A day in the life at the hottest new condo development in Portland!

Editor’s note: Many Portlanders have been sharing online — and mocking — this description of a “day in the life” of a resident at a soon-to-be-open condo complex in the East End. Portland writer Matt Dodge came up with his own narrative for daily life at a fictional condo development. This is satirical and should not be read literally. — DM

Welcome to LightHouse, your home away from your three other homes. Located in Portland’s East End, the LightHouse condominium complex is just a short Corgi walk from some of the state’s most vibrant bars, restaurants, restaurants, bars and restaurants.

Buffeted by a cool, salty breeze, the East End was once something called a “working-class neighborhood.” Not being familiar with this phrase, we’ll just assume it’s some sort of charming old New England sailor’s term for the area where the bold, rocky coast meets the bracing waters of the Atlantic.

LightHouse is a triumph in new urbanism, giving residents of all types the chance to live, work and play in this bustling seaside oasis (credit check required).

Join us as we take you through a typical day of one of our residents.

7 AM – Rise and shine!

Look outside your window to see the hardworking, industrious Maine people filling off to work down Franklin Street in eager anticipation of your patronage. While it can be confusing and distressing to see people work so hard for something as trivial as money, the double-walled windows and premium insulation will helps drown out their screams of existential rage and general plebeian odor.

Fun fact: Most Mainers are generally no more than one generation removed from working on a lobster boat, so don’t be afraid to ask for tips on getting those drawn butter stains out of your Barbour jacket!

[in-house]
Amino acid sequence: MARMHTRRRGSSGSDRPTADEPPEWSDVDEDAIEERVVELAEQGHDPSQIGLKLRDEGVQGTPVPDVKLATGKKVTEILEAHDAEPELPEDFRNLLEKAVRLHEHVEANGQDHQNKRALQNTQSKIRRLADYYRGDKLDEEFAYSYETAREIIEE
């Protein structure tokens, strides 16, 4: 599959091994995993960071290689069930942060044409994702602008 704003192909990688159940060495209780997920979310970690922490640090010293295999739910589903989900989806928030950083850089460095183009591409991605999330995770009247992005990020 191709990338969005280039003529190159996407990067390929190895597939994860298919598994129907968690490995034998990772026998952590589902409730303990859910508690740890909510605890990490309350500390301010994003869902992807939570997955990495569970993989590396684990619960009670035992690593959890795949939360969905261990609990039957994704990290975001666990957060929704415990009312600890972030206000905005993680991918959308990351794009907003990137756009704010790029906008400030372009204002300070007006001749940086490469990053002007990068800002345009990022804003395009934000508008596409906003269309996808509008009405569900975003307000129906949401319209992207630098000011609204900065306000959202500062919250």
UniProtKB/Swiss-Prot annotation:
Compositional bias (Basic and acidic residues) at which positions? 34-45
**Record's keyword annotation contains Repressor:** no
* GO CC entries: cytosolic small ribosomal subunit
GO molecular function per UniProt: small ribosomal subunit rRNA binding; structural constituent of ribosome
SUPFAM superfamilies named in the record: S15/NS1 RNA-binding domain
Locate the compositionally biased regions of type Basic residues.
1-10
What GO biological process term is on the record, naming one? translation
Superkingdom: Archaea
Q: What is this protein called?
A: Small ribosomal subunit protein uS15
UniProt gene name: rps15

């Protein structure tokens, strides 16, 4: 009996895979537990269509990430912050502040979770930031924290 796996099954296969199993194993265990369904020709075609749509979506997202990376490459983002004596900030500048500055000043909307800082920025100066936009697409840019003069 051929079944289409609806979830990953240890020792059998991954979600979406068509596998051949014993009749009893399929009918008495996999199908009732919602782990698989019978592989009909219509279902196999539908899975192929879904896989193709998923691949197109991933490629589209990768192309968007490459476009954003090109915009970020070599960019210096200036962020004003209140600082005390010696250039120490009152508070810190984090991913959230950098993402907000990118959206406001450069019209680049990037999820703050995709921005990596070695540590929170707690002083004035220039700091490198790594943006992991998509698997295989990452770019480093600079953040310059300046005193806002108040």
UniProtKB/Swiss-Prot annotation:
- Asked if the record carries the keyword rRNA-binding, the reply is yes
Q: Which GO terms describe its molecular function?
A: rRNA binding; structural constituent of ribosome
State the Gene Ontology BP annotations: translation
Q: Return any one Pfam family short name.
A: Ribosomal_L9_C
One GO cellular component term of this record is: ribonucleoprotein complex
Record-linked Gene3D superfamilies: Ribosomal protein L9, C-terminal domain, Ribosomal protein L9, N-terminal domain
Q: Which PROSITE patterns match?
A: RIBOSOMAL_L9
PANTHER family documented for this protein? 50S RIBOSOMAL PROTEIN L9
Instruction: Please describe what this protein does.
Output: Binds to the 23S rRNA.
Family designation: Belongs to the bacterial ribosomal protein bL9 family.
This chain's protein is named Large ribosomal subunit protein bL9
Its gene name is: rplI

9 AM – Be insufferable!

There’s still a long day of Maine summer fun ahead, so grab a venti, soy milk, extra hot, split quad shots, no foam latte from a local coffee shop while avoiding the judging glare of the barista you’ve economically displaced.

Enjoy your drink while walking through Lincoln Park, where a number of the state’s “homeless” (local slang for ardent outdoorsmen) have spent the night waxing philosophical over bottles of premium microbrew and asking for something called “change”. If you’re approached to help crowd-fund the purchase of a next bottle, beware: they’ll probably just spend it on oysters.

12 PM – Feed the ego!

While scholars maintain that Portland didn’t actually exist before the New York Times wrote a travel feature in early 2009, records show that the town was actually founded in 2006 with the arrival of a Whole Foods Market. The grocery store is just a quick Prius ride away, where you can enjoy a tasting of local rainwater paired with oysters before heading to East Bayside for your afternoon kombucha colonic.

1:30 PM – Count those ducats!

You don’t have anywhere to be until your one-on-one, zero-gravity, artisanal yoga class at 3 PM, so head to the LightHouse Lounge, grab a complimentary, single-use iPad and settle into your daily routine by checking in on your trust fund. Looks like those Mylan stocks have been going gangbusters since that whole EpiPen kerfuffle. Time to reward yourself with some oysters!

4:30 PM – Live a deep contradiction!

Pop into the LightHouse mail room to find that your overnight shipment of ethically-sourced, farm-raised, liberal arts-educated peacock steaks has arrived. Sure, they might have the carbon footprint rivaling that of some less-industrialized Chinese provinces, but the worries will melt away as you look out the window of your spacious kitchen onto the steadily rising waters of Casco Bay.

7:30 PM­– Bend it to your will!

Take a stroll down Congress Street and check out some of the city’s performing arts venues. If the music seems strange or unfamiliar, consider joining the city council to make Steely Dan covers a legally mandated part of all future performances.

Whether you choose to talk loudly over a band, leave a 10 percent tip for a service worker or force the doorman to break a $100 bill, just remember: This whole town exists solely for your enjoyment! As do oysters.

Matt Dodge is a writer living in Portland.